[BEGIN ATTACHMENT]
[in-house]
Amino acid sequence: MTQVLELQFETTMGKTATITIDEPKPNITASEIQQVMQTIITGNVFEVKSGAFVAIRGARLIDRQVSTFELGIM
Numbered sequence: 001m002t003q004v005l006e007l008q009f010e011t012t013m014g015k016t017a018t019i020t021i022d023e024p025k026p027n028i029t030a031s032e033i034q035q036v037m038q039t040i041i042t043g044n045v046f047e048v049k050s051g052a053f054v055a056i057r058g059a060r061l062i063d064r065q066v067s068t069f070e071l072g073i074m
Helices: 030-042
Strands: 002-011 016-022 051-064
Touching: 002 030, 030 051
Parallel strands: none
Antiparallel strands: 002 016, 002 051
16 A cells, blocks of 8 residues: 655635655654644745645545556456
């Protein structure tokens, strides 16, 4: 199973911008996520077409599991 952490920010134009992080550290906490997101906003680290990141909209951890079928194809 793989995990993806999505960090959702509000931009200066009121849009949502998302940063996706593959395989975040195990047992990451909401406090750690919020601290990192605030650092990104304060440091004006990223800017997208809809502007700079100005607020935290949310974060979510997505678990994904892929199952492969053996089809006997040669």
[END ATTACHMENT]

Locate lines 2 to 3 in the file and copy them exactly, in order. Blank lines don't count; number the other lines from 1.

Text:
Amino acid sequence: MTQVLELQFETTMGKTATITIDEPKPNITASEIQQVMQTIITGNVFEVKSGAFVAIRGARLIDRQVSTFELGIM
Numbered sequence: 001m002t003q004v005l006e007l008q009f010e011t012t013m014g015k016t017a018t019i020t021i022d023e024p025k026p027n028i029t030a031s032e033i034q035q036v037m038q039t040i041i042t043g044n045v046f047e048v049k050s051g052a053f054v055a056i057r058g059a060r061l062i063d064r065q066v067s068t069f070e071l072g073i074m